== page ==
Image generated by generative AI program Midjourney in response to the prompt ‘office staff using artificial intelligence’.

Practical applications in Cayman’s financial services industry

The real business process transformation, however, will result from organisations being able to train AI models for their own specific purposes and uses. Such a generative AI, which is capable of self-learning and executing a number of tasks, is widely expected to boost the efficiency of both individual workers and the companies that employ it.

Traditional AI use cases involve customer onboarding and risk monitoring, including Know Your Customer (KYC) and Anti-Money Laundering (AML) and fraud detection, along with data management.

Banks were first to experiment with chatbots to respond to simple customer queries on their websites and in banking apps. AI-powered chatbots can now provide account balances, transaction histories or process bill payments.

They can be used in marketing to offer financial product information, check customer eligibility, and give basic personal finance advice.

The main areas that are likely to be targeted initially by a wider range of businesses are basic customer interaction, document and data analysis and routine administrative tasks, such as data entry and document processing.

Compliance is another main area that will see administrative tasks taken over by AI solutions. Across financial services firms they can assist with screening for KYC and AML processes.

In client onboarding, AI models can assist by collecting the necessary information and documents, explaining the process, and answering queries. The technology is already used in fraud detection to flag unusual or suspicious transactions and issuing alerts.

For funds they can take care of many investor relations tasks, from providing real-time updates on performance and other key metrics to generating standard reports to investors.

They could also aid with fund subscriptions and redemptions, helping investors through the individual steps and gathering necessary information.

In fund accounting, chatbots can help calculate Net Asset Values (NAVs), manage basic accounting queries, and assist in tracking and categorising transactions.

Some venture capital and private equity funds, in cooperation with accounting firms are using artificial intelligence to pick acquisition targets and start-ups for investment.

These solutions scrutinise financial statements, sell-side research, earnings transcripts and pitch decks and produce the results in concise briefings.

In legal services chatbots can provide rapid, accurate responses to basic client inquiries, answering general legal questions, offering case updates, or guiding clients through legal processes. They can generate documents or analyse contracts for key clauses and legal risks.

The fact that law firms collect legal documents in knowledge banks plays into how an AI analyses and repurposes text and can be used for preparing standard contracts. In addition, they can be employed to analyse judgments and orders to predict the outcome of pending cases.

These are just some of the examples, where the use of AI models is currently contemplated or implemented. The speed at which large language models have improved just over the last six to nine months has taken many by surprise. It shows that many more novel use cases are likely to emerge. 

Substitute and complement

The consensus is that, at this stage, AI solutions will mainly serve as assistants to financial services professionals. In other words, just another tool that will free up time for more complex tasks.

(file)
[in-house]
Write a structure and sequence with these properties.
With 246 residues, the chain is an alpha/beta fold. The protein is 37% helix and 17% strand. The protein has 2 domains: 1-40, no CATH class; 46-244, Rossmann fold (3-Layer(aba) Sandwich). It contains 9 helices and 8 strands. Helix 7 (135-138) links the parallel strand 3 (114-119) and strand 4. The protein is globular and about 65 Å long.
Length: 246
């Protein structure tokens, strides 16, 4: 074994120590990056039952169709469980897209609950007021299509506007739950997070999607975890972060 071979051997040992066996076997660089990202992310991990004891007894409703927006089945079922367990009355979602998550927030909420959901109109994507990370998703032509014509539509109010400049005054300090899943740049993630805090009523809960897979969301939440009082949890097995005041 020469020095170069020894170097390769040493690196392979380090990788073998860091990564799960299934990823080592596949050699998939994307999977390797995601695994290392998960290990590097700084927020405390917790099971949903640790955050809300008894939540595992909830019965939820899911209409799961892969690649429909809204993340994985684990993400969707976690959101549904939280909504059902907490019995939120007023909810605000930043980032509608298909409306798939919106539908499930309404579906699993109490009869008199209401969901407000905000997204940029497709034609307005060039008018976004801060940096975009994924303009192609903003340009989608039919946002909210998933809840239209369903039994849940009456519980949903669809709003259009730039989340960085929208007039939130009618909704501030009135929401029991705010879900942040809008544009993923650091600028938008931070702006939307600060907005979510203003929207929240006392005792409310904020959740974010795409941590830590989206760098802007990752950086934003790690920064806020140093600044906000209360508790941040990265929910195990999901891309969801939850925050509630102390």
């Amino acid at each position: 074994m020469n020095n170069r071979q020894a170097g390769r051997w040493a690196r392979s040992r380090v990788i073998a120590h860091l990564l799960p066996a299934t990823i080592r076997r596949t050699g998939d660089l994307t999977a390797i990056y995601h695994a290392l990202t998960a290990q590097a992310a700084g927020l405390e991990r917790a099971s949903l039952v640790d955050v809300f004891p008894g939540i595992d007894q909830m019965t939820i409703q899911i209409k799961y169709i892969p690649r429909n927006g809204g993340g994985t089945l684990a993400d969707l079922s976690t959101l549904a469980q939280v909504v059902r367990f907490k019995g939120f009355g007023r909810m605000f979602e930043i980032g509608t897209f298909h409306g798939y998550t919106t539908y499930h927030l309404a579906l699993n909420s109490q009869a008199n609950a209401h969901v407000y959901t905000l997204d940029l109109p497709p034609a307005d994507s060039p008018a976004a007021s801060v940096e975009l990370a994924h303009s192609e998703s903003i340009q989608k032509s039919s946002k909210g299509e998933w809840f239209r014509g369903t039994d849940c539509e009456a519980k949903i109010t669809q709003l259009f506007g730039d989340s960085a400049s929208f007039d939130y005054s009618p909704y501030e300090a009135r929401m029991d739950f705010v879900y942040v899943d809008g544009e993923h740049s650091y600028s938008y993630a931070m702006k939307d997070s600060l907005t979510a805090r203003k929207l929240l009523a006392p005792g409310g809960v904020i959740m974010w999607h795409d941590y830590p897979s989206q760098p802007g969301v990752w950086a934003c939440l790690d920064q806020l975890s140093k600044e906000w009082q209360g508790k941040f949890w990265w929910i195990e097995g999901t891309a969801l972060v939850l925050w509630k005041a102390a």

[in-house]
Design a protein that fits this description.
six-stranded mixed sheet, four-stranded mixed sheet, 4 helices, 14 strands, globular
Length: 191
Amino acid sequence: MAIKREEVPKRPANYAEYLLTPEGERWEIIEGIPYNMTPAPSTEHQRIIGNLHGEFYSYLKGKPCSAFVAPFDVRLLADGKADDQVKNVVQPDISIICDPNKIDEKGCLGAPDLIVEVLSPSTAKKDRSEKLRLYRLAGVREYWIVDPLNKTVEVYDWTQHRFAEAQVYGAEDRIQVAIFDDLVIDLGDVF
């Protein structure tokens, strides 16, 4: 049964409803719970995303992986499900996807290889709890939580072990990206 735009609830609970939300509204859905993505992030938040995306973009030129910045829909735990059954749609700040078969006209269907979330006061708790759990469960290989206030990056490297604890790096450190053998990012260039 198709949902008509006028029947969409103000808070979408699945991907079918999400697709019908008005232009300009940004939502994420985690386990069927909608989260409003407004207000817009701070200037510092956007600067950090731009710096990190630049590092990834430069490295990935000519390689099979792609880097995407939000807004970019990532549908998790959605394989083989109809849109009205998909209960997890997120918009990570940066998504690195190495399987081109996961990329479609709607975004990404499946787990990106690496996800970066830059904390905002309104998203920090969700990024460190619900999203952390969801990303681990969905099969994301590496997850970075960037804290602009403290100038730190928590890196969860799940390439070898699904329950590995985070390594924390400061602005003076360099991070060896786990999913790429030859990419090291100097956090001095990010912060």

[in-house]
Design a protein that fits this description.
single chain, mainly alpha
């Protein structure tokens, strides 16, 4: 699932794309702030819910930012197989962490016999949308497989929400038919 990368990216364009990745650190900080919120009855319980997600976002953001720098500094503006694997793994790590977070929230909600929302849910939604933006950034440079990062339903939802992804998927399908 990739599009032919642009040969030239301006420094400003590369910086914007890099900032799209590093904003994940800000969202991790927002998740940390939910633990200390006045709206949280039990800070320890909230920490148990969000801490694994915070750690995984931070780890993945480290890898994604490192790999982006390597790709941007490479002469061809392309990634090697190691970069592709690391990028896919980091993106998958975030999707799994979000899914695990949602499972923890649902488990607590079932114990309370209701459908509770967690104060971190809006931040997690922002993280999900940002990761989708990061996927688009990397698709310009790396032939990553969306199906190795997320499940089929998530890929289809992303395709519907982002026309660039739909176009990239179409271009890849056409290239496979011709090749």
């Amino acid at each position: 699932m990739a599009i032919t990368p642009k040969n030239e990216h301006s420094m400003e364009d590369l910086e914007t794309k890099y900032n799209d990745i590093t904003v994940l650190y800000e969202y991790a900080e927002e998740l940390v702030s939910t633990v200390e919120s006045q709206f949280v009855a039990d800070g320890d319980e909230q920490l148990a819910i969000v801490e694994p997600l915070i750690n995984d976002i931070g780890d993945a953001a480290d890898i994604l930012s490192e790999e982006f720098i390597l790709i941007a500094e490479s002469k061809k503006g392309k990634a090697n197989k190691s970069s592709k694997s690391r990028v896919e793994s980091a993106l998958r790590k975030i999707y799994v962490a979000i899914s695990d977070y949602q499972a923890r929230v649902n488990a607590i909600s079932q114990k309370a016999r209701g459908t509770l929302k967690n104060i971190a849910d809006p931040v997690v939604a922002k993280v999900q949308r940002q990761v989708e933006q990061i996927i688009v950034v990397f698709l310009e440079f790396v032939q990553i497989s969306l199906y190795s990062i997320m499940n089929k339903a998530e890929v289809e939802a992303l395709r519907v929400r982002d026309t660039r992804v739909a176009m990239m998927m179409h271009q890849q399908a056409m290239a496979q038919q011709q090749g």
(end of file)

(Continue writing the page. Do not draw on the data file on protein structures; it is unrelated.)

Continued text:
A much-quoted research note by Goldman Sachs published in March predicts up to 300 million jobs worldwide could be displaced by AI.

It still comes to the conclusion that generative AI will “sometimes substitute but often complement existing work”. 

However, the indications are that repetitive, simple, document-heavy, administrative tasks are under threat to be replaced by automated processes in the future. In the US, Goldman Sachs estimated one fourth of all work tasks could be eliminated with administrative (46%) and legal professions (44%) being the most impacted.

The analysis found that business and financial operations have an above average exposure to automation and more than a third of positions could be eliminated (35%). 

Of course, it is not clear whether these estimates are even close to correct or how long such a displacement would take. The Economist recently noted that historically the projected job destruction caused by new technology happened far slower than initially thought, because of obstacles to technology adoption in the workplace ranging from regulation to worker resistance.

Goldman Sachs pointed out that, in the past, worker displacement has been offset by the creation of new jobs and added that overall the impact of AI could lead to a productivity boom.

So far technology has impacted labour in contradictory ways. On the one hand it resulted in the substitution or displacement of tasks, functions and roles and on the other it caused productivity gains that reduced the costs of goods and services, which raised incomes and generated demand in other sectors of the economy.

On an individual level, however, the displacement effect of technology comes at a cost that has the potential to cause social problems before any efficiency gains have filtered through the economy and produced new opportunities.


Stephen Wolfram, What is ChatGPT doing and why does it work?, 14 Feb. 2023

Tree of Thoughts: Deliberate Problem Solving with Large Language Models, Shunyu Yao, Dian Yu, Jeffrey Zhao, Izhak Shafran, Thomas L. Griffiths, Yuan Cao, Karthik Narasimhan, 17 May 2023

Goldman Sachs, The Potentially Large Effects of Artificial Intelligence on Economic Growth (Briggs/Kodnani), 26 March 2023

The Economist, Your job is (probably) safe from artificial intelligence, 7 May 2023